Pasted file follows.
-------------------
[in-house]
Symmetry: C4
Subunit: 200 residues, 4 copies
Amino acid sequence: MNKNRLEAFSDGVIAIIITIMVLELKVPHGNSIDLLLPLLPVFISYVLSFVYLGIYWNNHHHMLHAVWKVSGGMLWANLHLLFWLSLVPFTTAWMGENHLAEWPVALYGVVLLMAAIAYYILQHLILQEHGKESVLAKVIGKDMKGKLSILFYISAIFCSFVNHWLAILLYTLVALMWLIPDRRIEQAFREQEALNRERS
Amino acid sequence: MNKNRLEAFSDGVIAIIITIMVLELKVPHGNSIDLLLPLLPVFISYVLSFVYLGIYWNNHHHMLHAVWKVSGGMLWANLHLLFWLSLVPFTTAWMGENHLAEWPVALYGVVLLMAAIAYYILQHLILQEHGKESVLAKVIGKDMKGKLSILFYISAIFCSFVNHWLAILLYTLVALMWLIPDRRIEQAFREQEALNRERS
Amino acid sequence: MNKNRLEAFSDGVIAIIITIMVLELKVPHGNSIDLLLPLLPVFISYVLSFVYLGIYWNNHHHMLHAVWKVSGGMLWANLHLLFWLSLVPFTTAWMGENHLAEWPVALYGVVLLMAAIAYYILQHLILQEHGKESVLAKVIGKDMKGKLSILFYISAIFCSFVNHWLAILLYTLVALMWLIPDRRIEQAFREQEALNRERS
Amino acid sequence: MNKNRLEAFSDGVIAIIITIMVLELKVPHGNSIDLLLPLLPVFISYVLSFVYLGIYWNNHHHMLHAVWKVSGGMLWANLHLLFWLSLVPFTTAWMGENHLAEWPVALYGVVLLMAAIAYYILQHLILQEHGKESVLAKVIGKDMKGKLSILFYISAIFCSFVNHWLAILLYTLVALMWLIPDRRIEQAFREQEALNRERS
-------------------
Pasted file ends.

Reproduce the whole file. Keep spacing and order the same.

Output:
[in-house]
Symmetry: C4
Subunit: 200 residues, 4 copies
Amino acid sequence: MNKNRLEAFSDGVIAIIITIMVLELKVPHGNSIDLLLPLLPVFISYVLSFVYLGIYWNNHHHMLHAVWKVSGGMLWANLHLLFWLSLVPFTTAWMGENHLAEWPVALYGVVLLMAAIAYYILQHLILQEHGKESVLAKVIGKDMKGKLSILFYISAIFCSFVNHWLAILLYTLVALMWLIPDRRIEQAFREQEALNRERS
Amino acid sequence: MNKNRLEAFSDGVIAIIITIMVLELKVPHGNSIDLLLPLLPVFISYVLSFVYLGIYWNNHHHMLHAVWKVSGGMLWANLHLLFWLSLVPFTTAWMGENHLAEWPVALYGVVLLMAAIAYYILQHLILQEHGKESVLAKVIGKDMKGKLSILFYISAIFCSFVNHWLAILLYTLVALMWLIPDRRIEQAFREQEALNRERS
Amino acid sequence: MNKNRLEAFSDGVIAIIITIMVLELKVPHGNSIDLLLPLLPVFISYVLSFVYLGIYWNNHHHMLHAVWKVSGGMLWANLHLLFWLSLVPFTTAWMGENHLAEWPVALYGVVLLMAAIAYYILQHLILQEHGKESVLAKVIGKDMKGKLSILFYISAIFCSFVNHWLAILLYTLVALMWLIPDRRIEQAFREQEALNRERS
Amino acid sequence: MNKNRLEAFSDGVIAIIITIMVLELKVPHGNSIDLLLPLLPVFISYVLSFVYLGIYWNNHHHMLHAVWKVSGGMLWANLHLLFWLSLVPFTTAWMGENHLAEWPVALYGVVLLMAAIAYYILQHLILQEHGKESVLAKVIGKDMKGKLSILFYISAIFCSFVNHWLAILLYTLVALMWLIPDRRIEQAFREQEALNRERS